Our Health Library information does not replace the advice of a doctor. Please be advised that this information is made available to assist our patients to learn more about their health. Our providers may not see and/or treat all topics found herein.
What is the most important information I should know about vilazodone?
Some young people have thoughts about suicide when first taking an antidepressant. Stay alert to changes in your mood or symptoms. Report any new or worsening symptoms to your doctor.
Vilazodone is not approved for use by anyone younger than 18 years old.
Do not stop using vilazodone without first asking your doctor.
What is vilazodone?
Vilazodone is an antidepressant that is used to treat major depressive disorder (MDD).
Vilazodone may also be used for purposes not listed in this medication guide.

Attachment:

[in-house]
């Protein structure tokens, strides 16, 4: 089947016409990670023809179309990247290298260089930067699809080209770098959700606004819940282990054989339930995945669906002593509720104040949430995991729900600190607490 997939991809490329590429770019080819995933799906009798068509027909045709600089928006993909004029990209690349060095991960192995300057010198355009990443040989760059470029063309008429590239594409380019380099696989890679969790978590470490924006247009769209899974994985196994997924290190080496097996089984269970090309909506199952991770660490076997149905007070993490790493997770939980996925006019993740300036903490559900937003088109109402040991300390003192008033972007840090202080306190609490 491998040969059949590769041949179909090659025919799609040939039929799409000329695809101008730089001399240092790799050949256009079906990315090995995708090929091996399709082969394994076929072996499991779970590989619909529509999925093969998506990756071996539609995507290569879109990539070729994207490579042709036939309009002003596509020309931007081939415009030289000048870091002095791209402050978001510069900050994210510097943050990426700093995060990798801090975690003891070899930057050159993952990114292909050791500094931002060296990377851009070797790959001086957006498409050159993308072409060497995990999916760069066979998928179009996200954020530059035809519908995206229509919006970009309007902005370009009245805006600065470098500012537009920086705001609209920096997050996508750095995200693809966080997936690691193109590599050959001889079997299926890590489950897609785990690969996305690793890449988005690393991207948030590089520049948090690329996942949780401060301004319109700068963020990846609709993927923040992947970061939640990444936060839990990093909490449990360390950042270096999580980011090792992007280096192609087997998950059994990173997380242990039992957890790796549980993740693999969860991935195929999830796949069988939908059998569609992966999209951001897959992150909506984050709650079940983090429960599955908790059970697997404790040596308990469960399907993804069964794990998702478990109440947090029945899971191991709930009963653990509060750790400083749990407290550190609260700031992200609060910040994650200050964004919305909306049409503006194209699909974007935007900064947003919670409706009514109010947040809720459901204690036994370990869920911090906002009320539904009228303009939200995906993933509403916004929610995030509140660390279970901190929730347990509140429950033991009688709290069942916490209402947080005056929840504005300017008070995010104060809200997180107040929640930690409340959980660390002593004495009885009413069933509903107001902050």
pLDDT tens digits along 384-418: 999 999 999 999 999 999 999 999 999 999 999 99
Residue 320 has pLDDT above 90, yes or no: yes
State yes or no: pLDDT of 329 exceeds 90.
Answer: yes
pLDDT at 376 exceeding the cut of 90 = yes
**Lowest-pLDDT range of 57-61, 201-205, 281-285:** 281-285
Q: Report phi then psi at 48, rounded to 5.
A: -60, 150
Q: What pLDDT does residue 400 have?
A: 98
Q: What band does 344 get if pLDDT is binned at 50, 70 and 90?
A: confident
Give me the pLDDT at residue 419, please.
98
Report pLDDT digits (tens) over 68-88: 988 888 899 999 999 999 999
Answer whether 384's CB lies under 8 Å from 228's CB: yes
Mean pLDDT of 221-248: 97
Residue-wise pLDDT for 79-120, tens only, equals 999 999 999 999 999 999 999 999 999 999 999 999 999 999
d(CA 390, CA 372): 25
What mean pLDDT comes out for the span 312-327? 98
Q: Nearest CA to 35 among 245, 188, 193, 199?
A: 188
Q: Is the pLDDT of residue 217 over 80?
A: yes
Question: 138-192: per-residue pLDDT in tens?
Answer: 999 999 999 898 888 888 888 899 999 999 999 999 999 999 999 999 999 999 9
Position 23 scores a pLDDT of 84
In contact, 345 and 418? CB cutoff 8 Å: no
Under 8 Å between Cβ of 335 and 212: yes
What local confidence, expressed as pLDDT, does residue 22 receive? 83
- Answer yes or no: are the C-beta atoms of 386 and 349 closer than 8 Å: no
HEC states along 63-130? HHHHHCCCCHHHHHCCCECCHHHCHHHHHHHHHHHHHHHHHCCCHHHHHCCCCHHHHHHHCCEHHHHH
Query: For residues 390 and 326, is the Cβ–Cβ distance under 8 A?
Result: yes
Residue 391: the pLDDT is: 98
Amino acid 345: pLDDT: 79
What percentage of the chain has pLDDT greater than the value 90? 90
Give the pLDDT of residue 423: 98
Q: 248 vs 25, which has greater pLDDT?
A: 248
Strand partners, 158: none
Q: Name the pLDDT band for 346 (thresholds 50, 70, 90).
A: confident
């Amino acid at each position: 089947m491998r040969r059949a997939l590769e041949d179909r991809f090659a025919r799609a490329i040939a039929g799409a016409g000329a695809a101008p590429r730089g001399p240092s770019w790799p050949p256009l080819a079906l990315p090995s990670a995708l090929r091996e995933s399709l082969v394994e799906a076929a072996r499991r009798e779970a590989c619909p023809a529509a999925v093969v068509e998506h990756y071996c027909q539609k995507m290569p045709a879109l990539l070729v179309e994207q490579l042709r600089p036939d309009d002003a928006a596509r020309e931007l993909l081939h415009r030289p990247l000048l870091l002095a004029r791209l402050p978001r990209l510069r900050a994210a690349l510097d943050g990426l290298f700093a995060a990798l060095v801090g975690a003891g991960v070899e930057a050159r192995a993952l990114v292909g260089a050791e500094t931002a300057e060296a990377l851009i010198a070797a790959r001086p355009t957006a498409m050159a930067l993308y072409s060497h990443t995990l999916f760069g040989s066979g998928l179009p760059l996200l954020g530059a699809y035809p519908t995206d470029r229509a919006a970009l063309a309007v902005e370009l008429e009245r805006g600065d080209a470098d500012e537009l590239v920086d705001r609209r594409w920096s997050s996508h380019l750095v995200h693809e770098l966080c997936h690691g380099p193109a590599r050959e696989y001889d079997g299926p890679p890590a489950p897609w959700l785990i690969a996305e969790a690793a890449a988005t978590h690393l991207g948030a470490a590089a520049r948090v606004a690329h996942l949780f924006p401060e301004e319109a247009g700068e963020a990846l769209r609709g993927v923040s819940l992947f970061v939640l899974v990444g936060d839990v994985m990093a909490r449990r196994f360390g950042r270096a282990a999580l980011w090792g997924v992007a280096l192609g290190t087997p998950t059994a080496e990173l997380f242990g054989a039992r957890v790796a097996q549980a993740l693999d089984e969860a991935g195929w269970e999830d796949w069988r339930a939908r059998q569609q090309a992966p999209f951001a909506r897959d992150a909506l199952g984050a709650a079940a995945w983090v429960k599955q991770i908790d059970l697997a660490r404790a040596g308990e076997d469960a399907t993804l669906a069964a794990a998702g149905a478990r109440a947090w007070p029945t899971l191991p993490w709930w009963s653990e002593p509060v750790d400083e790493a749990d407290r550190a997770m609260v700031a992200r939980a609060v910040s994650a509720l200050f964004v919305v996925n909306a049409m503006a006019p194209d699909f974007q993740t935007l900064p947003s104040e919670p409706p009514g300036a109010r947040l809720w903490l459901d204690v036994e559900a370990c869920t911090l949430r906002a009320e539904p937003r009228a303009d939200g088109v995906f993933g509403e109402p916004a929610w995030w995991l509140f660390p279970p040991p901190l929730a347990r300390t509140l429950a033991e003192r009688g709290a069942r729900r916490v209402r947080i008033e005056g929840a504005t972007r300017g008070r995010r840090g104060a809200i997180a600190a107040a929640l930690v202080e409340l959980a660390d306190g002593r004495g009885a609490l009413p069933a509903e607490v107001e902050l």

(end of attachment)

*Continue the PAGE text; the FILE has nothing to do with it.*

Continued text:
What should I discuss with my healthcare provider before taking vilazodone?
Do not use vilazodone if you have used an MAO inhibitor in the past 14 days. A dangerous drug interaction could occur. MAO inhibitors include isocarboxazid, linezolid, methylene blue injection, phenelzine, tranylcypromine, and others.
After you stop taking vilazodone, you must wait at least 14 days before you start taking an MAOI.
Tell your doctor if you also take stimulant medicine, opioid medicine, herbal products, or medicine for depression, mental illness, Parkinson's disease, migraine headaches, serious infections, or prevention of nausea and vomiting. An interaction with vilazodone could cause a serious condition called serotonin syndrome.
Tell your doctor if you have ever had:
- liver or kidney disease;
- a bleeding or blood clotting disorder;
- narrow-angle glaucoma;
- seizures or epilepsy;
- bipolar disorder (manic depression);
- sexual problems;
- drug addiction or suicidal thoughts; or
- if you drink alcohol.
Some young people have thoughts about suicide when first taking an antidepressant. Your doctor should check your progress at regular visits. Your family or other caregivers should also be alert to changes in your mood or symptoms.
Taking this medicine during pregnancy could harm the baby, but stopping the medicine may not be safe for you. Do not start or stop vilazodone without asking your doctor.